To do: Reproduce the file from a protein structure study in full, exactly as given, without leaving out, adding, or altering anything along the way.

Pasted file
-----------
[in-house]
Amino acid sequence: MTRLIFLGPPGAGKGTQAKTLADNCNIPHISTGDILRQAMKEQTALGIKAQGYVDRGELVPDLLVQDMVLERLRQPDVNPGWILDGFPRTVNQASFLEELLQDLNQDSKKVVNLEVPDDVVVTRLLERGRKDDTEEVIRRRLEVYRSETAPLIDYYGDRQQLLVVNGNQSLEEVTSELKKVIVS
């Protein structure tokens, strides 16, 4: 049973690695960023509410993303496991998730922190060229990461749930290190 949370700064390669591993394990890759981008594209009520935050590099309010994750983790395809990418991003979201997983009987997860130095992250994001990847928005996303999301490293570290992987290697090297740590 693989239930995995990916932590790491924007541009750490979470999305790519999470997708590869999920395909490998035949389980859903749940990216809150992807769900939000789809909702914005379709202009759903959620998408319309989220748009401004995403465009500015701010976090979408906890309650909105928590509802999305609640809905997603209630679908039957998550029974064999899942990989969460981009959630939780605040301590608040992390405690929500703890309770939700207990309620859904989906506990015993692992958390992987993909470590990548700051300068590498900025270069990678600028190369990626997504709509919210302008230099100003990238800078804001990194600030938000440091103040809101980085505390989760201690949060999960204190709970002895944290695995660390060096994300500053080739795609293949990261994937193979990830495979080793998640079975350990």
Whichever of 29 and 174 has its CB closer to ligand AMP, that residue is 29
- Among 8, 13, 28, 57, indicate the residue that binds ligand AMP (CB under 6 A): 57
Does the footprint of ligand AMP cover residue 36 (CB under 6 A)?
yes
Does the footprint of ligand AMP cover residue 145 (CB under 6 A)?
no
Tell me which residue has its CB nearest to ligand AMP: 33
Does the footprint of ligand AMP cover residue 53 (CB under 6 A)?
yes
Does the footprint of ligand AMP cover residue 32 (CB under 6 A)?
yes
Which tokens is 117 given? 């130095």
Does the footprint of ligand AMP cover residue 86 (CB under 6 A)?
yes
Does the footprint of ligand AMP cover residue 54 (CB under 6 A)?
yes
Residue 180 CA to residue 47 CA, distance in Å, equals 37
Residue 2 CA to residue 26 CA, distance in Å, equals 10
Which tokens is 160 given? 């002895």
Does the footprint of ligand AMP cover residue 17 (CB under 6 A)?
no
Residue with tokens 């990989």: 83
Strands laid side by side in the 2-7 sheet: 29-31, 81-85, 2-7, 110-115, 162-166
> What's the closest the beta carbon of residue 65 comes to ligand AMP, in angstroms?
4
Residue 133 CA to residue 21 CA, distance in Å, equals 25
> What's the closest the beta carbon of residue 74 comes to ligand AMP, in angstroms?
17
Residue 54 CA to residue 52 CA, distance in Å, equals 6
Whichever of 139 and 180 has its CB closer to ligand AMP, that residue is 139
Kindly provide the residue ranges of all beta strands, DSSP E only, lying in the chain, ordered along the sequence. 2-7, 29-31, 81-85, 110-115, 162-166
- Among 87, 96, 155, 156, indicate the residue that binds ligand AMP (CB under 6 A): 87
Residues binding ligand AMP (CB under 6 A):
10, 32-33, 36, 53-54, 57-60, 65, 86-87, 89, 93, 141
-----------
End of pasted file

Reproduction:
[in-house]
Amino acid sequence: MTRLIFLGPPGAGKGTQAKTLADNCNIPHISTGDILRQAMKEQTALGIKAQGYVDRGELVPDLLVQDMVLERLRQPDVNPGWILDGFPRTVNQASFLEELLQDLNQDSKKVVNLEVPDDVVVTRLLERGRKDDTEEVIRRRLEVYRSETAPLIDYYGDRQQLLVVNGNQSLEEVTSELKKVIVS
């Protein structure tokens, strides 16, 4: 049973690695960023509410993303496991998730922190060229990461749930290190 949370700064390669591993394990890759981008594209009520935050590099309010994750983790395809990418991003979201997983009987997860130095992250994001990847928005996303999301490293570290992987290697090297740590 693989239930995995990916932590790491924007541009750490979470999305790519999470997708590869999920395909490998035949389980859903749940990216809150992807769900939000789809909702914005379709202009759903959620998408319309989220748009401004995403465009500015701010976090979408906890309650909105928590509802999305609640809905997603209630679908039957998550029974064999899942990989969460981009959630939780605040301590608040992390405690929500703890309770939700207990309620859904989906506990015993692992958390992987993909470590990548700051300068590498900025270069990678600028190369990626997504709509919210302008230099100003990238800078804001990194600030938000440091103040809101980085505390989760201690949060999960204190709970002895944290695995660390060096994300500053080739795609293949990261994937193979990830495979080793998640079975350990």
Whichever of 29 and 174 has its CB closer to ligand AMP, that residue is 29
- Among 8, 13, 28, 57, indicate the residue that binds ligand AMP (CB under 6 A): 57
Does the footprint of ligand AMP cover residue 36 (CB under 6 A)?
yes
Does the footprint of ligand AMP cover residue 145 (CB under 6 A)?
no
Tell me which residue has its CB nearest to ligand AMP: 33
Does the footprint of ligand AMP cover residue 53 (CB under 6 A)?
yes
Does the footprint of ligand AMP cover residue 32 (CB under 6 A)?
yes
Which tokens is 117 given? 């130095």
Does the footprint of ligand AMP cover residue 86 (CB under 6 A)?
yes
Does the footprint of ligand AMP cover residue 54 (CB under 6 A)?
yes
Residue 180 CA to residue 47 CA, distance in Å, equals 37
Residue 2 CA to residue 26 CA, distance in Å, equals 10
Which tokens is 160 given? 């002895």
Does the footprint of ligand AMP cover residue 17 (CB under 6 A)?
no
Residue with tokens 């990989």: 83
Strands laid side by side in the 2-7 sheet: 29-31, 81-85, 2-7, 110-115, 162-166
> What's the closest the beta carbon of residue 65 comes to ligand AMP, in angstroms?
4
Residue 133 CA to residue 21 CA, distance in Å, equals 25
> What's the closest the beta carbon of residue 74 comes to ligand AMP, in angstroms?
17
Residue 54 CA to residue 52 CA, distance in Å, equals 6
Whichever of 139 and 180 has its CB closer to ligand AMP, that residue is 139
Kindly provide the residue ranges of all beta strands, DSSP E only, lying in the chain, ordered along the sequence. 2-7, 29-31, 81-85, 110-115, 162-166
- Among 87, 96, 155, 156, indicate the residue that binds ligand AMP (CB under 6 A): 87
Residues binding ligand AMP (CB under 6 A):
10, 32-33, 36, 53-54, 57-60, 65, 86-87, 89, 93, 141